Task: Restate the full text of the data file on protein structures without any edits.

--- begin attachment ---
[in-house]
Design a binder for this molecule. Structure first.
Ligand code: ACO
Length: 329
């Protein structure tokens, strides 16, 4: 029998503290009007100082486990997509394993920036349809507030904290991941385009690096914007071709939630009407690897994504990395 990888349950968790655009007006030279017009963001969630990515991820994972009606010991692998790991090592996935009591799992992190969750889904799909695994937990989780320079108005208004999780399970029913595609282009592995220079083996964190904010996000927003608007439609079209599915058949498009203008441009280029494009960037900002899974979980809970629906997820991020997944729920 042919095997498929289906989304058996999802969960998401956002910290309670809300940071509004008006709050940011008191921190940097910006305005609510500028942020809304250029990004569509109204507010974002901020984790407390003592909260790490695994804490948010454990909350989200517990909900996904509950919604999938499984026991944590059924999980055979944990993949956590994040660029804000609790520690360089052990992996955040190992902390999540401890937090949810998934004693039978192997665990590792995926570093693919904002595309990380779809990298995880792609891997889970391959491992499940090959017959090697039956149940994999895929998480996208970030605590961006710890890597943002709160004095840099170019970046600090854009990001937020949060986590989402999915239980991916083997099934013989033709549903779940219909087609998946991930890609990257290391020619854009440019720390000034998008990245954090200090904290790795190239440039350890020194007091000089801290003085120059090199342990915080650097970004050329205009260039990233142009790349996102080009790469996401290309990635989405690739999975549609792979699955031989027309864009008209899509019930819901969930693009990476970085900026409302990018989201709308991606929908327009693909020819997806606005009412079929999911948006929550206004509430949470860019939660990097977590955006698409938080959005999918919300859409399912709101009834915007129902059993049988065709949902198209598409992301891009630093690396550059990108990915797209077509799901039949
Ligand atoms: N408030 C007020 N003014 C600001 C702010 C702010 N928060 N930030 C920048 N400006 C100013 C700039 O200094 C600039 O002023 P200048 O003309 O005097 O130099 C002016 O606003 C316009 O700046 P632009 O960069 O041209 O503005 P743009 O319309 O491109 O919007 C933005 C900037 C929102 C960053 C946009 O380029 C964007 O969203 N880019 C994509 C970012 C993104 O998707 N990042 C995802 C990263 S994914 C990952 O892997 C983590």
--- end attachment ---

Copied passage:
[in-house]
Design a binder for this molecule. Structure first.
Ligand code: ACO
Length: 329
């Protein structure tokens, strides 16, 4: 029998503290009007100082486990997509394993920036349809507030904290991941385009690096914007071709939630009407690897994504990395 990888349950968790655009007006030279017009963001969630990515991820994972009606010991692998790991090592996935009591799992992190969750889904799909695994937990989780320079108005208004999780399970029913595609282009592995220079083996964190904010996000927003608007439609079209599915058949498009203008441009280029494009960037900002899974979980809970629906997820991020997944729920 042919095997498929289906989304058996999802969960998401956002910290309670809300940071509004008006709050940011008191921190940097910006305005609510500028942020809304250029990004569509109204507010974002901020984790407390003592909260790490695994804490948010454990909350989200517990909900996904509950919604999938499984026991944590059924999980055979944990993949956590994040660029804000609790520690360089052990992996955040190992902390999540401890937090949810998934004693039978192997665990590792995926570093693919904002595309990380779809990298995880792609891997889970391959491992499940090959017959090697039956149940994999895929998480996208970030605590961006710890890597943002709160004095840099170019970046600090854009990001937020949060986590989402999915239980991916083997099934013989033709549903779940219909087609998946991930890609990257290391020619854009440019720390000034998008990245954090200090904290790795190239440039350890020194007091000089801290003085120059090199342990915080650097970004050329205009260039990233142009790349996102080009790469996401290309990635989405690739999975549609792979699955031989027309864009008209899509019930819901969930693009990476970085900026409302990018989201709308991606929908327009693909020819997806606005009412079929999911948006929550206004509430949470860019939660990097977590955006698409938080959005999918919300859409399912709101009834915007129902059993049988065709949902198209598409992301891009630093690396550059990108990915797209077509799901039949
Ligand atoms: N408030 C007020 N003014 C600001 C702010 C702010 N928060 N930030 C920048 N400006 C100013 C700039 O200094 C600039 O002023 P200048 O003309 O005097 O130099 C002016 O606003 C316009 O700046 P632009 O960069 O041209 O503005 P743009 O319309 O491109 O919007 C933005 C900037 C929102 C960053 C946009 O380029 C964007 O969203 N880019 C994509 C970012 C993104 O998707 N990042 C995802 C990263 S994914 C990952 O892997 C983590």